Occasionally during a long business career I would wonder whether what I was doing was at all beneficial to mankind. It might have been a stretch, but I could rationalize that by indirectly helping my company produce affordable apparel I was supplying one of people’s basic needs. I didn’t ponder the question very often because most of my time was divided between work and family. But when I retired after 40-plus years, I was able to revisit the question and maybe deal with it in a more honest and direct manner.
I suppose most people’s dream of retirement is to be able to do all the things you couldn’t when you had to spend the bulk of your time earning a living. In my case, traveling, gardening and playing golf were great, but they left a lot of hours to be filled. I remember spending the first winter of my retirement in Florida enjoying the weather but not much else.
The next winter I was doing tax returns for senior citizens and others of moderate means as a volunteer with the American Association of Retired Persons (AARP). It wasn’t the Peace Corps or Habitat for Humanity, but I am not too good at building houses, and my wife would probably object to my going off to a Third World country. Doing tax returns is something I’m good at, and I was helping people. I enjoyed the experience so much that I subsequently became the accountant for a volunteer organization at a hospital and, later, one at a nursing home. Two years after starting with the hospital, I joined SCORE.
SCORE is the Service Corps of Retired Executives, a nationwide organization of volunteers who offer advice to people wanting to start businesses or who are having problems with their existing small companies. The local group I joined had an office in downtown Cleveland. I’m sure there are people who view us as a bunch of older men and women just looking for an excuse to get out of the house and a place to hang out. I probably imagined the same thing before I got involved.
I remember wondering whether I could help a person who wanted to open a restaurant, a beauty shop or an office cleaning service. I’d spent my years in the corporate world of large organizations, and the problems I’d dealt with seemed a world apart from those of budding entrepreneurs. It soon became apparent, though, that the situations were not that different. Many problems require mostly common sense, and if you live long enough you acquire a lot of that. It’s a little like being back at work, solving challenging problems but without the pressure we all were happy to give up when we retired.
Sometimes our greatest contribution is to persuade a person not to go forward with a venture they’re certain will work. One woman came to us wanting to open a store and sell religious items like Bibles, religious CDs and choir robes. When asked why she wanted to give up her good job and undertake this venture, she said, “The Lord wants me to do it” — a tough argument to refute.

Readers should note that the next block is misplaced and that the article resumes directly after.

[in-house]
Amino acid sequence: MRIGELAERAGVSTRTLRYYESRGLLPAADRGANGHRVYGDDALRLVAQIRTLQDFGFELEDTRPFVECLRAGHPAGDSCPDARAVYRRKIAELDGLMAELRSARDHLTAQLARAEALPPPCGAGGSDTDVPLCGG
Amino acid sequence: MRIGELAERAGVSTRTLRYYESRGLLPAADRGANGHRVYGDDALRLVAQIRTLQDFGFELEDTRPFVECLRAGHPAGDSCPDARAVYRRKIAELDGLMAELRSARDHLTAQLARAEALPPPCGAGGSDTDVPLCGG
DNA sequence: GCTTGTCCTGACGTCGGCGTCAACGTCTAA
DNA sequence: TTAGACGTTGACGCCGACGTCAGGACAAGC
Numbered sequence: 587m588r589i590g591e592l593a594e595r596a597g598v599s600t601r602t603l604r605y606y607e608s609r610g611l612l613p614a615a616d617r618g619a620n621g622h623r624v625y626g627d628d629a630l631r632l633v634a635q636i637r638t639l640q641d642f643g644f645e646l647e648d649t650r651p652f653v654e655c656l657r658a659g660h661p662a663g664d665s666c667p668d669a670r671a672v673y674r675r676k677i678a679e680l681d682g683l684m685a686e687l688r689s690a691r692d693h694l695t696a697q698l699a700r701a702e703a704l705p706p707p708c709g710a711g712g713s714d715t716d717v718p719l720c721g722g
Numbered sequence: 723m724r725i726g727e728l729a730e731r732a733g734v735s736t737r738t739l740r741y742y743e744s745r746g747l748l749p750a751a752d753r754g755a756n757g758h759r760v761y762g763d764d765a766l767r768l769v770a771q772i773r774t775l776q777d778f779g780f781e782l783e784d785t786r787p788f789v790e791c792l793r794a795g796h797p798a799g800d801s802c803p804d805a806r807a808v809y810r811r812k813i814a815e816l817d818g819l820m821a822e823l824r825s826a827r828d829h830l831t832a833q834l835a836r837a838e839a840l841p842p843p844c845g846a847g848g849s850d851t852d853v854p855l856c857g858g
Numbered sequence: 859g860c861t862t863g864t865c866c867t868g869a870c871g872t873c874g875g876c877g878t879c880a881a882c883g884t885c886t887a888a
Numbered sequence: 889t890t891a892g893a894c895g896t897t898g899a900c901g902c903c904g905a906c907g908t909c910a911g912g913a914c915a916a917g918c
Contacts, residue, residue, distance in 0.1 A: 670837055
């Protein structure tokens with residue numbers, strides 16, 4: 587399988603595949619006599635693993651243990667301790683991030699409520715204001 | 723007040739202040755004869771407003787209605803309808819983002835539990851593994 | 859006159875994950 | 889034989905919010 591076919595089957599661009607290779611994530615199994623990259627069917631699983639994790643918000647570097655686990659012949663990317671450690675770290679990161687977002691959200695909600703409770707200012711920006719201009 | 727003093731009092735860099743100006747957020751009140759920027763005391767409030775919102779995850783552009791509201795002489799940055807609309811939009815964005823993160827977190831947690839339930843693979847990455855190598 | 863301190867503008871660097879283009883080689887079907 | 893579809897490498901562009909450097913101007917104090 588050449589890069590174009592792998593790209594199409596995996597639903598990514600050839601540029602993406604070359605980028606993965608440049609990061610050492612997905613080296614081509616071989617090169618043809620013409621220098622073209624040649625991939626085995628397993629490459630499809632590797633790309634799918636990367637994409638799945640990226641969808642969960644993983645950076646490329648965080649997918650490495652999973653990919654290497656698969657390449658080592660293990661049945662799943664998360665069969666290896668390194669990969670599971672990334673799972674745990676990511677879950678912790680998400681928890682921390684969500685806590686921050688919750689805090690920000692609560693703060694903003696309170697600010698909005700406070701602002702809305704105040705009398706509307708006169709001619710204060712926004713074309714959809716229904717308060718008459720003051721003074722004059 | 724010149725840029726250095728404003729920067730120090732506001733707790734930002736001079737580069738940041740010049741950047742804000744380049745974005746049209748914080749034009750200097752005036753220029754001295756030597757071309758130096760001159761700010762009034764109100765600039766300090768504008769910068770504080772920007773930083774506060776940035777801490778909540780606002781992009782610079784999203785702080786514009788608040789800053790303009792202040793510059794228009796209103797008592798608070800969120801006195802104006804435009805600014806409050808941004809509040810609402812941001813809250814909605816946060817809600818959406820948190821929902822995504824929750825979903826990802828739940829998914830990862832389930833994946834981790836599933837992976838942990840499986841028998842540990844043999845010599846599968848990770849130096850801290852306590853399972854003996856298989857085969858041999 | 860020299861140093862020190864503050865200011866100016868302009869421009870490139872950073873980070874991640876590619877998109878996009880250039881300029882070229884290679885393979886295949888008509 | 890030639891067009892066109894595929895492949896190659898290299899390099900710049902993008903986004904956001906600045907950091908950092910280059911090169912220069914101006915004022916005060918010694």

It took several sessions, but after taking her through the numbers we were eventually able to explain to her how many Bibles and CDs she would have to sell each day just to pay the rent on the store and replace her current salary, which she depended on to feed and shelter her family. To keep her right with the Lord, we suggested she arrange instead to sell her products through local churches. She could give them a share of the profits and keep her own finances secure. She left with a smile on her face.
Another time a man who had realized his dream of opening an entertainment center and restaurant was faced with seemingly insurmountable problems because of delays getting started. His losses threatened to wipe out the venture just as it was getting under way. It was apparent that he was extremely depressed, and his wife was concerned for his health. I made some suggestions to help him get through this difficult start-up period.
I also told him he needed to step back and see that the world would not end if the business failed. He had retired with a good pension, and while he might lose most of his net worth, he and his wife would still have a sufficient income to live reasonably well. I also reminded him that there are no longer debtor’s prisons. A month later I got a card from his wife saying how much better his outlook was and that the business was still operating. That day I went home with a smile on my face.
Getting to know people who have lived interesting lives is equally as interesting as discussing plans and aspirations with much younger people. During my time at SCORE I’ve counseled, among others, a dancer who wanted to open her own school, a woman who wanted to design and sell hip-hop clothing, and a young man who wanted to make movies.
At SCORE we talk about encouraging entrepreneurship, making a contribution to the economy and spurring economic growth, but what we are really doing is helping people.
I’ve decided this is how I want to spend my free time. It helps me go to sleep most nights feeling it has been a good and productive day.
Besides, it is a good excuse to get out of the house and a cool place to hang out.
Cal Cohen was vice president and chief financial officer of Bobbie Brooks Inc. in Cleveland.